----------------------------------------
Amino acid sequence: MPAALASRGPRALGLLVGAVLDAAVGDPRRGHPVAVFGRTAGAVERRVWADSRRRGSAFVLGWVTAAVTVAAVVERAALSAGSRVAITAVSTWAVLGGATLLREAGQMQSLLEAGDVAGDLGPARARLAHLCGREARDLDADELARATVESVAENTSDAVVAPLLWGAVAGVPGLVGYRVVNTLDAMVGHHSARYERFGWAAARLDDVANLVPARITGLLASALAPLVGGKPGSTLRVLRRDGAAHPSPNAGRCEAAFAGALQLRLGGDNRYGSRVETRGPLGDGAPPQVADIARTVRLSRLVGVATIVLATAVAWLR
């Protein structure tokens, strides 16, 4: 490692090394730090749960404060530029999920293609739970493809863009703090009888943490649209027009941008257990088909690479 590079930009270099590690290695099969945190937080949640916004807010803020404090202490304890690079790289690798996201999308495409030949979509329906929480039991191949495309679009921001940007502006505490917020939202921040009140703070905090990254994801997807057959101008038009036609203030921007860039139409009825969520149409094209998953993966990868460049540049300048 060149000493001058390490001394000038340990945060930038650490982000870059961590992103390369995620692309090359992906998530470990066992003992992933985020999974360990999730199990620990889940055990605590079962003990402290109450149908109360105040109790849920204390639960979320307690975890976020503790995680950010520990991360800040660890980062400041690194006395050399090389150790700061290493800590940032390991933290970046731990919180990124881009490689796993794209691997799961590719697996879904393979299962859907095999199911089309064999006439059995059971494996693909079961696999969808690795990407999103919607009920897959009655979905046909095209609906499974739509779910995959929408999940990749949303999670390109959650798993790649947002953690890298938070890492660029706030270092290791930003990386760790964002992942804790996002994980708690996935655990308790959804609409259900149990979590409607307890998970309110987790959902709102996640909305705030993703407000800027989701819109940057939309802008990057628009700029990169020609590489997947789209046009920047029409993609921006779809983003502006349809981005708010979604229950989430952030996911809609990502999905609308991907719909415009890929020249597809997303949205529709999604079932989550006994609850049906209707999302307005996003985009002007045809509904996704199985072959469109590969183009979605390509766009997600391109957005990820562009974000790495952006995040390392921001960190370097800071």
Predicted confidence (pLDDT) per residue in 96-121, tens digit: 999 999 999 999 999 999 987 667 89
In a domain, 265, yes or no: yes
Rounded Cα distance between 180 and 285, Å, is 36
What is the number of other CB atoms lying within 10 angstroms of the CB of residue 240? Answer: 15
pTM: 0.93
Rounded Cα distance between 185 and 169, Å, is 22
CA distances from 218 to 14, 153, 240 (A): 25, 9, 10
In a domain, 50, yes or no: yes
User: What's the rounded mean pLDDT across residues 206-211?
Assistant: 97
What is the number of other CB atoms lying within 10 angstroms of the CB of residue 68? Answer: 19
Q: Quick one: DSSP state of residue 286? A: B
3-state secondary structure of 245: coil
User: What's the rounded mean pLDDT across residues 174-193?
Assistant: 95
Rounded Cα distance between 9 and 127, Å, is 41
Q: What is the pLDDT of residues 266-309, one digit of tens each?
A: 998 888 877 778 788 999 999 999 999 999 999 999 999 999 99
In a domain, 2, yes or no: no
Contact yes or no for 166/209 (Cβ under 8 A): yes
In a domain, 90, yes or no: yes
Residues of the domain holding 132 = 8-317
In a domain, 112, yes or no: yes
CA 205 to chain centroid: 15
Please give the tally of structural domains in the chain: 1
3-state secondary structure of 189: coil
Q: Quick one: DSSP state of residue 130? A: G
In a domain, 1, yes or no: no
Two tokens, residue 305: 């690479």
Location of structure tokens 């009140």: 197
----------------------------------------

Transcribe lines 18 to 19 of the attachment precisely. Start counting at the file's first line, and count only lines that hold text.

Rounded Cα distance between 9 and 127, Å, is 41
Q: What is the pLDDT of residues 266-309, one digit of tens each?